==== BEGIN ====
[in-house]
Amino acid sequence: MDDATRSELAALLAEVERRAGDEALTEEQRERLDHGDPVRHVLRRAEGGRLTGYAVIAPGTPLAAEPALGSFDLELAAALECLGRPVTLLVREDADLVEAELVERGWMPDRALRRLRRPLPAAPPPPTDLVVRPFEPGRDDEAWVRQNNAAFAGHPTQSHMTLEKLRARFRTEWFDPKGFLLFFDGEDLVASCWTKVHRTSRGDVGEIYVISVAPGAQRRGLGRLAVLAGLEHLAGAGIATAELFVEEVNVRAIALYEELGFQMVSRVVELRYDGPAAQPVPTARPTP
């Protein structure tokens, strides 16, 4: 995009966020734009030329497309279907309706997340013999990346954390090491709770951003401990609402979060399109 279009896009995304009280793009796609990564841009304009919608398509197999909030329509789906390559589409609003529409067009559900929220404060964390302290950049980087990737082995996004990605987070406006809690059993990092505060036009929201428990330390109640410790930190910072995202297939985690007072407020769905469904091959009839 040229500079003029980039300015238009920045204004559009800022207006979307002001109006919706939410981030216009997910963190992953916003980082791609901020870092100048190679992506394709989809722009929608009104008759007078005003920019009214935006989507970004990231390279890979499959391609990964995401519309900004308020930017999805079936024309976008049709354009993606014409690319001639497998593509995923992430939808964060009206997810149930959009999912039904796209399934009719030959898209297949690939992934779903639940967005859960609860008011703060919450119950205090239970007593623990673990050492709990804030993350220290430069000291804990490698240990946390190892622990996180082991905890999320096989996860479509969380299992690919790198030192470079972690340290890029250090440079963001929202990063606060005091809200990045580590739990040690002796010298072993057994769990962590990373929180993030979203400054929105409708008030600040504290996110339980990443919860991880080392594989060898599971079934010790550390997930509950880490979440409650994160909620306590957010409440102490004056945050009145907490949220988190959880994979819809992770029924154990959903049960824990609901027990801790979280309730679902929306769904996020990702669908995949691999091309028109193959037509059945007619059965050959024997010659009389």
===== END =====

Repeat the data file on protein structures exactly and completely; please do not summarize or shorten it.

[in-house]
Amino acid sequence: MDDATRSELAALLAEVERRAGDEALTEEQRERLDHGDPVRHVLRRAEGGRLTGYAVIAPGTPLAAEPALGSFDLELAAALECLGRPVTLLVREDADLVEAELVERGWMPDRALRRLRRPLPAAPPPPTDLVVRPFEPGRDDEAWVRQNNAAFAGHPTQSHMTLEKLRARFRTEWFDPKGFLLFFDGEDLVASCWTKVHRTSRGDVGEIYVISVAPGAQRRGLGRLAVLAGLEHLAGAGIATAELFVEEVNVRAIALYEELGFQMVSRVVELRYDGPAAQPVPTARPTP
């Protein structure tokens, strides 16, 4: 995009966020734009030329497309279907309706997340013999990346954390090491709770951003401990609402979060399109 279009896009995304009280793009796609990564841009304009919608398509197999909030329509789906390559589409609003529409067009559900929220404060964390302290950049980087990737082995996004990605987070406006809690059993990092505060036009929201428990330390109640410790930190910072995202297939985690007072407020769905469904091959009839 040229500079003029980039300015238009920045204004559009800022207006979307002001109006919706939410981030216009997910963190992953916003980082791609901020870092100048190679992506394709989809722009929608009104008759007078005003920019009214935006989507970004990231390279890979499959391609990964995401519309900004308020930017999805079936024309976008049709354009993606014409690319001639497998593509995923992430939808964060009206997810149930959009999912039904796209399934009719030959898209297949690939992934779903639940967005859960609860008011703060919450119950205090239970007593623990673990050492709990804030993350220290430069000291804990490698240990946390190892622990996180082991905890999320096989996860479509969380299992690919790198030192470079972690340290890029250090440079963001929202990063606060005091809200990045580590739990040690002796010298072993057994769990962590990373929180993030979203400054929105409708008030600040504290996110339980990443919860991880080392594989060898599971079934010790550390997930509950880490979440409650994160909620306590957010409440102490004056945050009145907490949220988190959880994979819809992770029924154990959903049960824990609901027990801790979280309730679902929306769904996020990702669908995949691999091309028109193959037509059945007619059965050959024997010659009389």